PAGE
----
The cyber (re)insurance sector is always evolving, and as COVID-19 upends how businesses interact with technology and workers around the country continue to operate from home offices, the reinsurance market sees a number of emerging trends that present both potential challenges and opportunities.
Pre-pandemic, cyber incident breach response plans (CIBR) assumed the majority of employees would be working on-site in corporate-controlled environments, according to a recent briefing from Guy Carpenter-affiliate Marsh. Now, many — if not most — employees are working remotely in a wide variety of settings. These non-corporate environments can introduce a host of new threats that IT and cybersecurity teams must prepare for.
As IT and cybersecurity teams tighten up their organizations’ cybersecurity, they may not have considered their CIBR plans and how to adapt them to the “new normal” and the cyber incidents that may yet occur.
Security weaknesses are inherent in many home networks, which are typically “plug-and-play” and designed to operate with few configuration options when users deploy them. Physical security cameras, appliances, light switches, light bulbs, stereo components, baby monitors and other common devices are generally set up to automatically connect to any available home network; these devices use a wide array of protocols and ports to communicate with manufacturers and users to provide convenient — yet insecure — services. And these same networks that are burdened with peripherally connected applications are the very same ones that remote workers are using to connect to corporate IT networks, which may or may not be connected to virtual private networks.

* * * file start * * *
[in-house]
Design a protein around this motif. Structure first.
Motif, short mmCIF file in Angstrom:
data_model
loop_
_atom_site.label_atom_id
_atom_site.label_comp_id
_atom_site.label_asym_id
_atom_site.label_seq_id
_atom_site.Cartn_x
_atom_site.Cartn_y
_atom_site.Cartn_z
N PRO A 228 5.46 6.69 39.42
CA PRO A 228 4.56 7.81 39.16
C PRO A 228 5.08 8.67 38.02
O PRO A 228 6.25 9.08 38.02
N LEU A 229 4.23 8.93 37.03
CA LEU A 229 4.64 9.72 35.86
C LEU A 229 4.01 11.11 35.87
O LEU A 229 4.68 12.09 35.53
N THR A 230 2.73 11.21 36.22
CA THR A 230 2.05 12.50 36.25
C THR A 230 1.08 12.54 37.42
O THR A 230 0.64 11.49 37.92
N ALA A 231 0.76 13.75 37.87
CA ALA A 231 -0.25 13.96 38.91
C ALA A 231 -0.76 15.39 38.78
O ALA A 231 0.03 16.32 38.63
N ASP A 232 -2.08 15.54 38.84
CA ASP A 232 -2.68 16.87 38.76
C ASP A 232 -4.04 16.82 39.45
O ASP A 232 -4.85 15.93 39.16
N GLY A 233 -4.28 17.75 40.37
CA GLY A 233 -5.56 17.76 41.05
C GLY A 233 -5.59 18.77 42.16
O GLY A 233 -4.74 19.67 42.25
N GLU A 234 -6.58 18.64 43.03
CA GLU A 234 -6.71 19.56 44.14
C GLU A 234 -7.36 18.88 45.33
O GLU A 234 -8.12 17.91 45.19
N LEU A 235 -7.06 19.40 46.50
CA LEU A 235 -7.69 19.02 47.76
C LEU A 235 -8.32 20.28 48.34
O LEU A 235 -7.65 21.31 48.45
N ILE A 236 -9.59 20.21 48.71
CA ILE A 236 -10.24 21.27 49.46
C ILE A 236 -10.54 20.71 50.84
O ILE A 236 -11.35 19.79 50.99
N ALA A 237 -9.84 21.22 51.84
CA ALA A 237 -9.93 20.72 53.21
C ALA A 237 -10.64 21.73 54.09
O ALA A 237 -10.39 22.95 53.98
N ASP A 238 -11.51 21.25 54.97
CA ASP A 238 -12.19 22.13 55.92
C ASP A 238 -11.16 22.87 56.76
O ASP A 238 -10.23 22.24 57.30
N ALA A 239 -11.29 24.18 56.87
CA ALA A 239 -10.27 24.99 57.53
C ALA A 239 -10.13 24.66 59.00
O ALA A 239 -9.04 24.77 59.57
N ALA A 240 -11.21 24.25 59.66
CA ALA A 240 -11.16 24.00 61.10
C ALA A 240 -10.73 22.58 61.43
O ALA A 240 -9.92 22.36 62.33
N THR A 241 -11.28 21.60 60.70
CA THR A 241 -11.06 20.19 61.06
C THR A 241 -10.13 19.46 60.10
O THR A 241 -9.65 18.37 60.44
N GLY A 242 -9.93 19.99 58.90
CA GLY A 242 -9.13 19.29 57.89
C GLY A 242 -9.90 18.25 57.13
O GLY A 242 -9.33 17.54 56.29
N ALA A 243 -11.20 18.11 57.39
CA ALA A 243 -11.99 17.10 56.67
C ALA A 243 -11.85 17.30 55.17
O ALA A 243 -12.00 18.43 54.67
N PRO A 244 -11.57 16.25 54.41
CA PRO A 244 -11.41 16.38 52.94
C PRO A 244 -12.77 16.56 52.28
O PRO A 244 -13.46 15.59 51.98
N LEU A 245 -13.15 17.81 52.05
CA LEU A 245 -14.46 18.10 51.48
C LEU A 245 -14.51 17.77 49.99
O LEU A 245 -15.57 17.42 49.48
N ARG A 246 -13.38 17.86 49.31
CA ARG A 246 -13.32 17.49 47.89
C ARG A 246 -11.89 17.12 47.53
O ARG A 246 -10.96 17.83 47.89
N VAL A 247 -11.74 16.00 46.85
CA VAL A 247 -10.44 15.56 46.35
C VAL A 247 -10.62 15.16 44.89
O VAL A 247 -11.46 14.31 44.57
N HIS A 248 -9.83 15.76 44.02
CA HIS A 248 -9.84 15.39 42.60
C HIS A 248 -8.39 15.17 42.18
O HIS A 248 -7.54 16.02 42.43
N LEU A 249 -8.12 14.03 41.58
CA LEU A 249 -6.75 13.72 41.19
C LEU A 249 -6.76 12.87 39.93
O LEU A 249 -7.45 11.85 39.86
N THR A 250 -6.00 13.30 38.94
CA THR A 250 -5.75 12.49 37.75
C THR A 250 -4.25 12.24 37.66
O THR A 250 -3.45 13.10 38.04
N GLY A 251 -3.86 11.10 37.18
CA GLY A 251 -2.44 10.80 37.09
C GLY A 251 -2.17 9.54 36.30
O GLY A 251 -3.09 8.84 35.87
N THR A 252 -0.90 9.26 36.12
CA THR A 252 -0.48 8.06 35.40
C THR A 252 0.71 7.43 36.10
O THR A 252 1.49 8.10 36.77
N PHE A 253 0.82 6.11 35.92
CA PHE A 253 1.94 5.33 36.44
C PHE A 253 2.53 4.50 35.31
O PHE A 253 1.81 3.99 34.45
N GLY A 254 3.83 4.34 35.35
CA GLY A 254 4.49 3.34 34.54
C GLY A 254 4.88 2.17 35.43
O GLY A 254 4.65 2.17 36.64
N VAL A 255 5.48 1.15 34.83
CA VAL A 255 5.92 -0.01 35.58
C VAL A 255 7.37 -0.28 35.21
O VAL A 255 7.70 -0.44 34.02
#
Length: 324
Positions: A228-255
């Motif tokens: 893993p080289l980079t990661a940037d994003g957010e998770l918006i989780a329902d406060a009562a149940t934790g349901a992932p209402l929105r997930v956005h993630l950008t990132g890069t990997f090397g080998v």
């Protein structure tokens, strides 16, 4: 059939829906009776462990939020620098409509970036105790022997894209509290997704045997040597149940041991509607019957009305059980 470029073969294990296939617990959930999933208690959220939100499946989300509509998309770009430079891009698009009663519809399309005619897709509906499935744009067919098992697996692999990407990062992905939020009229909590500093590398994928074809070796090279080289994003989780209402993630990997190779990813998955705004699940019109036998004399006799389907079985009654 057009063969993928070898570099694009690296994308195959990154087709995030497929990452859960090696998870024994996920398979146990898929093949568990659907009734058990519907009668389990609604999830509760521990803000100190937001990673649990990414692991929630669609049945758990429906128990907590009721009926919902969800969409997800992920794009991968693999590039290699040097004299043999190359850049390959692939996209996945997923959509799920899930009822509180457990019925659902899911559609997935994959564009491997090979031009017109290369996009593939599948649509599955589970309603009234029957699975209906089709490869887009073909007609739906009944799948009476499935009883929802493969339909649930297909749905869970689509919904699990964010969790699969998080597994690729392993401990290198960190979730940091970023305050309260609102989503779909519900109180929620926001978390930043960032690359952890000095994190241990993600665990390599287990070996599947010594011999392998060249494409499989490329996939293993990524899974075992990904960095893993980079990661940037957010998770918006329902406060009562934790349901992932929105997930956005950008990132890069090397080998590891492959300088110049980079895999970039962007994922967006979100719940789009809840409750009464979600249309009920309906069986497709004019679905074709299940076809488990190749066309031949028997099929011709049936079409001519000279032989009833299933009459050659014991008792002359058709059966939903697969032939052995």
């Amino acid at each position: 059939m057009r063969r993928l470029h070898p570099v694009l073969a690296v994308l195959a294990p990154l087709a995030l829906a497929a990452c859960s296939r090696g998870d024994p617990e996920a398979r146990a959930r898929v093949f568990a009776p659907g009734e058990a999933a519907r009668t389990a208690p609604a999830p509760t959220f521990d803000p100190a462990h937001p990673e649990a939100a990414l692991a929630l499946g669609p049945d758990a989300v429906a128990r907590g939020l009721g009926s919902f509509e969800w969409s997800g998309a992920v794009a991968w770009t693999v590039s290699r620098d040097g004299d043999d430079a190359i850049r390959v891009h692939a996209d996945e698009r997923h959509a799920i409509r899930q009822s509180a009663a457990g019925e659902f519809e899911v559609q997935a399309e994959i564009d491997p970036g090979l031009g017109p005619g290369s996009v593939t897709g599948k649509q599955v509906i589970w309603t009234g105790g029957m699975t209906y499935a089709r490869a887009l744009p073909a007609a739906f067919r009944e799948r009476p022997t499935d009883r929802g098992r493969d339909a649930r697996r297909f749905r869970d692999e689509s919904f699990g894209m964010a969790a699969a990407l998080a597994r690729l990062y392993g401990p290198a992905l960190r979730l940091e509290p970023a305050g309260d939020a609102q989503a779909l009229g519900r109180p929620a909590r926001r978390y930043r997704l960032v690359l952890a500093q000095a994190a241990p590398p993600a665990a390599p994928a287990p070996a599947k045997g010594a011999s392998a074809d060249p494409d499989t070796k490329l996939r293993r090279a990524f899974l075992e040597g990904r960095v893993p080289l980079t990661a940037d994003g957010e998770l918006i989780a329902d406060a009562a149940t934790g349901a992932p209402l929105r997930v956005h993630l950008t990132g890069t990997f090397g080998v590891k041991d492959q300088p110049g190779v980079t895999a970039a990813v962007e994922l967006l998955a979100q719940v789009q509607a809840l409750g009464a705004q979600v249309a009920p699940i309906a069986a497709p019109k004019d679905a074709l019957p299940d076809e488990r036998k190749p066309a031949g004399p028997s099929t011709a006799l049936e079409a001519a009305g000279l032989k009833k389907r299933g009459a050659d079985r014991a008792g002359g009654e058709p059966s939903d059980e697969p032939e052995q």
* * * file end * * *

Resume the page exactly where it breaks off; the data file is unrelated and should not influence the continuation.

Guy Carpenter’s Cyber Global Center of Excellence is actively following and responding to significant developments in the cyber risk sphere and helping clients adapt to evolving technologies.